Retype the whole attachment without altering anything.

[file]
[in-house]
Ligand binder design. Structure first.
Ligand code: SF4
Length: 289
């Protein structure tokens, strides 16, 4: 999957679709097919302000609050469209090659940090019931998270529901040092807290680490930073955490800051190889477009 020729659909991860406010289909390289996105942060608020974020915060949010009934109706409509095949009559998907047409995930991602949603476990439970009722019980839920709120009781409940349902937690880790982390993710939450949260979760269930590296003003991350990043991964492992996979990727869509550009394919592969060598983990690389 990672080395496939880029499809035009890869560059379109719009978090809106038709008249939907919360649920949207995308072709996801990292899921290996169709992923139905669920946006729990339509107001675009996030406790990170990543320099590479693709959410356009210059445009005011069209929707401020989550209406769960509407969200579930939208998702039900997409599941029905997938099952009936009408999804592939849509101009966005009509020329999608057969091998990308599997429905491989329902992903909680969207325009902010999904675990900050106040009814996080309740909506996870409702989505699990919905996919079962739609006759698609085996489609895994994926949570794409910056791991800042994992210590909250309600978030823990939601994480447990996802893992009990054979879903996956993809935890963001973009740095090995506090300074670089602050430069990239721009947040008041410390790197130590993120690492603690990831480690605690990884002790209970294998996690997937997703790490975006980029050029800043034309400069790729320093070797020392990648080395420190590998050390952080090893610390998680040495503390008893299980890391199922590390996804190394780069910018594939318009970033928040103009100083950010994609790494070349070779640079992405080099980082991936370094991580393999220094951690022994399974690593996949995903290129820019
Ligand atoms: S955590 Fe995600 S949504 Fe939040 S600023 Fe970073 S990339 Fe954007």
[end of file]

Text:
[in-house]
Ligand binder design. Structure first.
Ligand code: SF4
Length: 289
């Protein structure tokens, strides 16, 4: 999957679709097919302000609050469209090659940090019931998270529901040092807290680490930073955490800051190889477009 020729659909991860406010289909390289996105942060608020974020915060949010009934109706409509095949009559998907047409995930991602949603476990439970009722019980839920709120009781409940349902937690880790982390993710939450949260979760269930590296003003991350990043991964492992996979990727869509550009394919592969060598983990690389 990672080395496939880029499809035009890869560059379109719009978090809106038709008249939907919360649920949207995308072709996801990292899921290996169709992923139905669920946006729990339509107001675009996030406790990170990543320099590479693709959410356009210059445009005011069209929707401020989550209406769960509407969200579930939208998702039900997409599941029905997938099952009936009408999804592939849509101009966005009509020329999608057969091998990308599997429905491989329902992903909680969207325009902010999904675990900050106040009814996080309740909506996870409702989505699990919905996919079962739609006759698609085996489609895994994926949570794409910056791991800042994992210590909250309600978030823990939601994480447990996802893992009990054979879903996956993809935890963001973009740095090995506090300074670089602050430069990239721009947040008041410390790197130590993120690492603690990831480690605690990884002790209970294998996690997937997703790490975006980029050029800043034309400069790729320093070797020392990648080395420190590998050390952080090893610390998680040495503390008893299980890391199922590390996804190394780069910018594939318009970033928040103009100083950010994609790494070349070779640079992405080099980082991936370094991580393999220094951690022994399974690593996949995903290129820019
Ligand atoms: S955590 Fe995600 S949504 Fe939040 S600023 Fe970073 S990339 Fe954007």